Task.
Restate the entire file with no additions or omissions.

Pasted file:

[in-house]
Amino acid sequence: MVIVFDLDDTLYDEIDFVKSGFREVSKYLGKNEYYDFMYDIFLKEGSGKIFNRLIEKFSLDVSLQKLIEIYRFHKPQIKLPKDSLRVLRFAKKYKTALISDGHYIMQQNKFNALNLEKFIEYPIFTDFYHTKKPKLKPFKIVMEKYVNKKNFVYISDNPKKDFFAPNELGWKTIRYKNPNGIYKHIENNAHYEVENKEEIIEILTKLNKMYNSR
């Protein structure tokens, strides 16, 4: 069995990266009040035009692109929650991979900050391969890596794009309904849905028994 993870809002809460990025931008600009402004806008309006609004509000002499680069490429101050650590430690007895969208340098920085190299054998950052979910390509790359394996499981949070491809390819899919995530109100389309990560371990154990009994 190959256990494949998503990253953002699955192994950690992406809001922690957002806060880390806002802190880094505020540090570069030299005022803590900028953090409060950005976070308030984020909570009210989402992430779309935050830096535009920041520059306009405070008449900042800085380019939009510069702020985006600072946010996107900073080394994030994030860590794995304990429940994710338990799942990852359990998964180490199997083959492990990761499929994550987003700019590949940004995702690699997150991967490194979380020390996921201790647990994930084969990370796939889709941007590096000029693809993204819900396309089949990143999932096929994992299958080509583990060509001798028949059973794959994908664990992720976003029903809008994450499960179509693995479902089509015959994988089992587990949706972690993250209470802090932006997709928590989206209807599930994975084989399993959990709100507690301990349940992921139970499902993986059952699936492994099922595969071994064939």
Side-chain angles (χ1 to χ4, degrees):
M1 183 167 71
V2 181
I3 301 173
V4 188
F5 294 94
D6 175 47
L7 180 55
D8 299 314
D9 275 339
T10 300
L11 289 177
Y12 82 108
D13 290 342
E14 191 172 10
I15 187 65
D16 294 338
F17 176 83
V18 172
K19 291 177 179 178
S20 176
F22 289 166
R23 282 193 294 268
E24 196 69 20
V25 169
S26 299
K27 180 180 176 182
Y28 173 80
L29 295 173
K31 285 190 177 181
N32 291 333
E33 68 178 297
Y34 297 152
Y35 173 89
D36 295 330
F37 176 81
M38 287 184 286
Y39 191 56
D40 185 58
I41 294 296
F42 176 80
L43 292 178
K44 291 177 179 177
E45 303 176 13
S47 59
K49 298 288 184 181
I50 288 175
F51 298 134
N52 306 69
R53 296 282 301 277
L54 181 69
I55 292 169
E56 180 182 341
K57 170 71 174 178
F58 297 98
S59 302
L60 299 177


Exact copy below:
[in-house]
Amino acid sequence: MVIVFDLDDTLYDEIDFVKSGFREVSKYLGKNEYYDFMYDIFLKEGSGKIFNRLIEKFSLDVSLQKLIEIYRFHKPQIKLPKDSLRVLRFAKKYKTALISDGHYIMQQNKFNALNLEKFIEYPIFTDFYHTKKPKLKPFKIVMEKYVNKKNFVYISDNPKKDFFAPNELGWKTIRYKNPNGIYKHIENNAHYEVENKEEIIEILTKLNKMYNSR
């Protein structure tokens, strides 16, 4: 069995990266009040035009692109929650991979900050391969890596794009309904849905028994 993870809002809460990025931008600009402004806008309006609004509000002499680069490429101050650590430690007895969208340098920085190299054998950052979910390509790359394996499981949070491809390819899919995530109100389309990560371990154990009994 190959256990494949998503990253953002699955192994950690992406809001922690957002806060880390806002802190880094505020540090570069030299005022803590900028953090409060950005976070308030984020909570009210989402992430779309935050830096535009920041520059306009405070008449900042800085380019939009510069702020985006600072946010996107900073080394994030994030860590794995304990429940994710338990799942990852359990998964180490199997083959492990990761499929994550987003700019590949940004995702690699997150991967490194979380020390996921201790647990994930084969990370796939889709941007590096000029693809993204819900396309089949990143999932096929994992299958080509583990060509001798028949059973794959994908664990992720976003029903809008994450499960179509693995479902089509015959994988089992587990949706972690993250209470802090932006997709928590989206209807599930994975084989399993959990709100507690301990349940992921139970499902993986059952699936492994099922595969071994064939």
Side-chain angles (χ1 to χ4, degrees):
M1 183 167 71
V2 181
I3 301 173
V4 188
F5 294 94
D6 175 47
L7 180 55
D8 299 314
D9 275 339
T10 300
L11 289 177
Y12 82 108
D13 290 342
E14 191 172 10
I15 187 65
D16 294 338
F17 176 83
V18 172
K19 291 177 179 178
S20 176
F22 289 166
R23 282 193 294 268
E24 196 69 20
V25 169
S26 299
K27 180 180 176 182
Y28 173 80
L29 295 173
K31 285 190 177 181
N32 291 333
E33 68 178 297
Y34 297 152
Y35 173 89
D36 295 330
F37 176 81
M38 287 184 286
Y39 191 56
D40 185 58
I41 294 296
F42 176 80
L43 292 178
K44 291 177 179 177
E45 303 176 13
S47 59
K49 298 288 184 181
I50 288 175
F51 298 134
N52 306 69
R53 296 282 301 277
L54 181 69
I55 292 169
E56 180 182 341
K57 170 71 174 178
F58 297 98
S59 302
L60 299 177